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Open AccessArticle

Wind Resource Mapping Using Landscape Roughness and Spatial Interpolation Methods

1
Environmental and Spatial Management, Faculty of Engineering and Architecture, Ghent University, Vrijdagmarkt 10-301, 9000 Ghent, Belgium
2
Institute of Physics, Carl von Ossietzky University, Ammerländer Heerstraße 136, 26129 Oldenburg, Germany
3
Power-Link, Ghent University, Wetenschapspark 1, 8400 Ostend, Belgium
*
Author to whom correspondence should be addressed.
Academic Editor: Vincenzo Dovì
Energies 2015, 8(8), 8682-8703; https://doi.org/10.3390/en8088682
Received: 13 May 2015 / Revised: 6 August 2015 / Accepted: 7 August 2015 / Published: 14 August 2015
(This article belongs to the Special Issue Energy Policy and Climate Change)
Energy saving, reduction of greenhouse gasses and increased use of renewables are key policies to achieve the European 2020 targets. In particular, distributed renewable energy sources, integrated with spatial planning, require novel methods to optimise supply and demand. In contrast with large scale wind turbines, small and medium wind turbines (SMWTs) have a less extensive impact on the use of space and the power system, nevertheless, a significant spatial footprint is still present and the need for good spatial planning is a necessity. To optimise the location of SMWTs, detailed knowledge of the spatial distribution of the average wind speed is essential, hence, in this article, wind measurements and roughness maps were used to create a reliable annual mean wind speed map of Flanders at 10 m above the Earth’s surface. Via roughness transformation, the surface wind speed measurements were converted into meso- and macroscale wind data. The data were further processed by using seven different spatial interpolation methods in order to develop regional wind resource maps. Based on statistical analysis, it was found that the transformation into mesoscale wind, in combination with Simple Kriging, was the most adequate method to create reliable maps for decision-making on optimal production sites for SMWTs in Flanders (Belgium). View Full-Text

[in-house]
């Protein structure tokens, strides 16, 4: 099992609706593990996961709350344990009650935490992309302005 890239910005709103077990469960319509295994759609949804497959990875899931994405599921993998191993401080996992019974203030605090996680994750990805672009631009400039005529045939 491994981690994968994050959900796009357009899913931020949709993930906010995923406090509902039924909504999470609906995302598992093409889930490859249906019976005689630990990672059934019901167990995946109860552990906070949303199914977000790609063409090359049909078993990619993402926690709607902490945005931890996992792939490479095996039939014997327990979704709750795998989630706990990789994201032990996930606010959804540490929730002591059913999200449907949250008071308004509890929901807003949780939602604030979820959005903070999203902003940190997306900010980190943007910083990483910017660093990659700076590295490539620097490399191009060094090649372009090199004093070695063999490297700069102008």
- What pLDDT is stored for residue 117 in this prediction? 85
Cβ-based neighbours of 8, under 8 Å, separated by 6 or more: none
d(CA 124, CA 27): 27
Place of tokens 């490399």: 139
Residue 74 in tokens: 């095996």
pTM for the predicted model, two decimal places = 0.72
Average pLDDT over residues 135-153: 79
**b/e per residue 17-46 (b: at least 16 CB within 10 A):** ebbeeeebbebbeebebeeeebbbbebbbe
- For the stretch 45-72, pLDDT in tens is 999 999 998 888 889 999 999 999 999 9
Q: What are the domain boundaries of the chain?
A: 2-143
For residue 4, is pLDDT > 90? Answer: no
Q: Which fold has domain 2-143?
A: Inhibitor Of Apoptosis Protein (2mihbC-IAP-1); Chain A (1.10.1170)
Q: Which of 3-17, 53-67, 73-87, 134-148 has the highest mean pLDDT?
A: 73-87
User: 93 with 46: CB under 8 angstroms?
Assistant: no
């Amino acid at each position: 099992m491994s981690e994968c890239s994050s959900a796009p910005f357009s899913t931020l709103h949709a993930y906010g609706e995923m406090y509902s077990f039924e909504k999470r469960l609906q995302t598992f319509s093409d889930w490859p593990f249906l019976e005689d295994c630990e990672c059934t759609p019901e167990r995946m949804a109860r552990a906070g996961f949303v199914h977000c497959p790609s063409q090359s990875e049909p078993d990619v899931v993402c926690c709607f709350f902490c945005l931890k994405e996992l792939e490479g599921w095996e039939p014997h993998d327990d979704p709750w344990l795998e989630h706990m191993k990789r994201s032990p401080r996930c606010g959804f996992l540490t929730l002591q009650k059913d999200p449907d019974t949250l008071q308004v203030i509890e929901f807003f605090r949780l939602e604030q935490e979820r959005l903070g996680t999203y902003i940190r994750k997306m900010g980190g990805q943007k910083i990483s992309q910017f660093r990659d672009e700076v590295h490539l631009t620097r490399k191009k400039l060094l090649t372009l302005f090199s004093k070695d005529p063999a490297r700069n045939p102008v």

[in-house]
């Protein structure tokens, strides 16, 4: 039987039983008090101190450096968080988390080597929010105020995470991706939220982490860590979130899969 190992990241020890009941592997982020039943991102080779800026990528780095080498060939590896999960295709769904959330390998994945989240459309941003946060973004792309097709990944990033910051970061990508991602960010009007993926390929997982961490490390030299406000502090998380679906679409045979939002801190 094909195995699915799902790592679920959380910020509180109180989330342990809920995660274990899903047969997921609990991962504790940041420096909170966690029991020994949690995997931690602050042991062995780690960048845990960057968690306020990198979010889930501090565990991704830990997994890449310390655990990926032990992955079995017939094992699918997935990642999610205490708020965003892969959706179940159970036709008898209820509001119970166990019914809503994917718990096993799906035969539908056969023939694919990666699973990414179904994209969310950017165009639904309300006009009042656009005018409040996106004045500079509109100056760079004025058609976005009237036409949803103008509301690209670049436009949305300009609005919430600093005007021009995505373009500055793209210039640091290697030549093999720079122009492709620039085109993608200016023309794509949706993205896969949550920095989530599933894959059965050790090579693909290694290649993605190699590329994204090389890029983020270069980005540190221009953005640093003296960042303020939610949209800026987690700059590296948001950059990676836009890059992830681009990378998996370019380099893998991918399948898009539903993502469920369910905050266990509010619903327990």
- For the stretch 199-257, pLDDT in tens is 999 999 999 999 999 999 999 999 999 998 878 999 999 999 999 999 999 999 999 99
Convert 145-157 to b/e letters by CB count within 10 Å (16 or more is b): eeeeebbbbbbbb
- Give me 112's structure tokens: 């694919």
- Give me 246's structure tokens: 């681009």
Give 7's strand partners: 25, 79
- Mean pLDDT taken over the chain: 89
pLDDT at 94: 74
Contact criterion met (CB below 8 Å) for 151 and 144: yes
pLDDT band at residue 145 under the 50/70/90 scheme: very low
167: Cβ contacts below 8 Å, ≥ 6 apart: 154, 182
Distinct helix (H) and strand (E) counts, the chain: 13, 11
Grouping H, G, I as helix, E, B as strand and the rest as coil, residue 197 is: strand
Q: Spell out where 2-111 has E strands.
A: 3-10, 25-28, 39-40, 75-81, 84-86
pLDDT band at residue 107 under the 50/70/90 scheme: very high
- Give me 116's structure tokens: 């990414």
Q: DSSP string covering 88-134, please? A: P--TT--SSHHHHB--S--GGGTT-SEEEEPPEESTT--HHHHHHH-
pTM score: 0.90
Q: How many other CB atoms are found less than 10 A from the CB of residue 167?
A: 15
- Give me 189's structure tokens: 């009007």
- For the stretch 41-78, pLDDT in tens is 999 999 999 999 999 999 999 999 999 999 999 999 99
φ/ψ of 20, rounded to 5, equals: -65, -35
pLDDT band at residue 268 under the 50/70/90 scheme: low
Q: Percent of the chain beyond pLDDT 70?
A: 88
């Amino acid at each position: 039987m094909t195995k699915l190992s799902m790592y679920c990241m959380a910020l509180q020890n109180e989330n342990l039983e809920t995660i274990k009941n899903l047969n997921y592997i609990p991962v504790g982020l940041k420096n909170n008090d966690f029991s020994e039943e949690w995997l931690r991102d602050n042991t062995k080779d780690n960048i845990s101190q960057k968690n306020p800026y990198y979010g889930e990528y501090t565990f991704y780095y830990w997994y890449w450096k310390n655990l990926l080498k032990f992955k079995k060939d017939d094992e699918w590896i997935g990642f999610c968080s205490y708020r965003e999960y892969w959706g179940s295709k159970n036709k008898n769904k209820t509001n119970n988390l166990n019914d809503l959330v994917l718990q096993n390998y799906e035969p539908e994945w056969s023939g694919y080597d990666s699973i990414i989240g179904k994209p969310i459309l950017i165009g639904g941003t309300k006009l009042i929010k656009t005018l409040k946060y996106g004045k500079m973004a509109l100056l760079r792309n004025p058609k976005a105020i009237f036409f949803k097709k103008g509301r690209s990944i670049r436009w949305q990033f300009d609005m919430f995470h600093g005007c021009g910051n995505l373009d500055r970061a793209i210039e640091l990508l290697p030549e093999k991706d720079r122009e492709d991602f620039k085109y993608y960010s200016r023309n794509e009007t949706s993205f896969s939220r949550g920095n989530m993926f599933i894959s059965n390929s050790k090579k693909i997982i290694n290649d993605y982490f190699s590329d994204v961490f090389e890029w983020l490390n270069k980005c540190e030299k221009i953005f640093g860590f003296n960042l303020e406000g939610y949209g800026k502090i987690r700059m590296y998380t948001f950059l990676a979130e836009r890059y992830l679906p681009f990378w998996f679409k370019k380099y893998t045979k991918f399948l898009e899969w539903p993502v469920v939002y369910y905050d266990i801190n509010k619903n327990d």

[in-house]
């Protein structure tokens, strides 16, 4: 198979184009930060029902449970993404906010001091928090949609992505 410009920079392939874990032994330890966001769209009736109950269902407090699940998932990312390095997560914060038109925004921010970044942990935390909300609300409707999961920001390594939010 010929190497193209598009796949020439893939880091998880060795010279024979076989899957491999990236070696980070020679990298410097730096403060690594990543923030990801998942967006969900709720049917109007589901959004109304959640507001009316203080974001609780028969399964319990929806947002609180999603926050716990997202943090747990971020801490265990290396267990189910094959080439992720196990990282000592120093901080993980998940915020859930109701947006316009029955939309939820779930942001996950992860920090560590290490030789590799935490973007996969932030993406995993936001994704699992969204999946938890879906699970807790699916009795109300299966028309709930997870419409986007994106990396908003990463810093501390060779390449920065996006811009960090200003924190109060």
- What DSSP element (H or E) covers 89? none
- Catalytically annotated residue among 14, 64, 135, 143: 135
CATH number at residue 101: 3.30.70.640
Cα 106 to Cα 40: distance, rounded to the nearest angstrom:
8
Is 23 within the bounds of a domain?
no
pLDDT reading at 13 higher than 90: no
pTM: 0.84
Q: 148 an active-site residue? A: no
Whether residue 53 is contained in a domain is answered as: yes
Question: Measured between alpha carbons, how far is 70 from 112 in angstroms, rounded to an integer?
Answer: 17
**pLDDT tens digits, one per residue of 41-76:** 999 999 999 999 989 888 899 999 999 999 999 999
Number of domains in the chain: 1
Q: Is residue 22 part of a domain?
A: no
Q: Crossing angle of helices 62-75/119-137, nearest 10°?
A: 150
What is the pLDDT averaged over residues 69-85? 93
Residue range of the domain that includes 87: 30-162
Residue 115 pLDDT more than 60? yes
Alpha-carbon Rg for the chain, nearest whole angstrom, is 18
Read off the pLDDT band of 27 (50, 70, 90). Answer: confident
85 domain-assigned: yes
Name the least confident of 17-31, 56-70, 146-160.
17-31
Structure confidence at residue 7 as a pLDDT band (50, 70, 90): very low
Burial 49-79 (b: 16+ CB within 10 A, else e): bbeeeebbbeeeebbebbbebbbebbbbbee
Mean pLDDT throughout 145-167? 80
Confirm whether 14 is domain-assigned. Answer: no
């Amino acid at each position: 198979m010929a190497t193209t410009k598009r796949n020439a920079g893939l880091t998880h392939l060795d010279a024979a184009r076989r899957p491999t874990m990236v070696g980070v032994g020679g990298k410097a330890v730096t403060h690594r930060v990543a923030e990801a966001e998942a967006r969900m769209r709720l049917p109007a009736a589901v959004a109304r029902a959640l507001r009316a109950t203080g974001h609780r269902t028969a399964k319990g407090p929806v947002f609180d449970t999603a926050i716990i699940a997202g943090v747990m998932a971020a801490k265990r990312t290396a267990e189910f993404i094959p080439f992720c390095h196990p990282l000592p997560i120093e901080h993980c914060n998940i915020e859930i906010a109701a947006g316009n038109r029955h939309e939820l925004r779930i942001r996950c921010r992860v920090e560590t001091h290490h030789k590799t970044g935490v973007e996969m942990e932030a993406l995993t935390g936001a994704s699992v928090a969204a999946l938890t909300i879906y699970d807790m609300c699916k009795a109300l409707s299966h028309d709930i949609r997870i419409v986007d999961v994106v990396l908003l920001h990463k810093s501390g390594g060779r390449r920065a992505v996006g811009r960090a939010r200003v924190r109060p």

Keywords: small and medium wind turbines; wind resource map; spatial interpolation; Simple Kriging; Flanders small and medium wind turbines; wind resource map; spatial interpolation; Simple Kriging; Flanders
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Van Ackere, S.; Van Eetvelde, G.; Schillebeeckx, D.; Papa, E.; Van Wyngene, K.; Vandevelde, L. Wind Resource Mapping Using Landscape Roughness and Spatial Interpolation Methods. Energies 2015, 8, 8682-8703.

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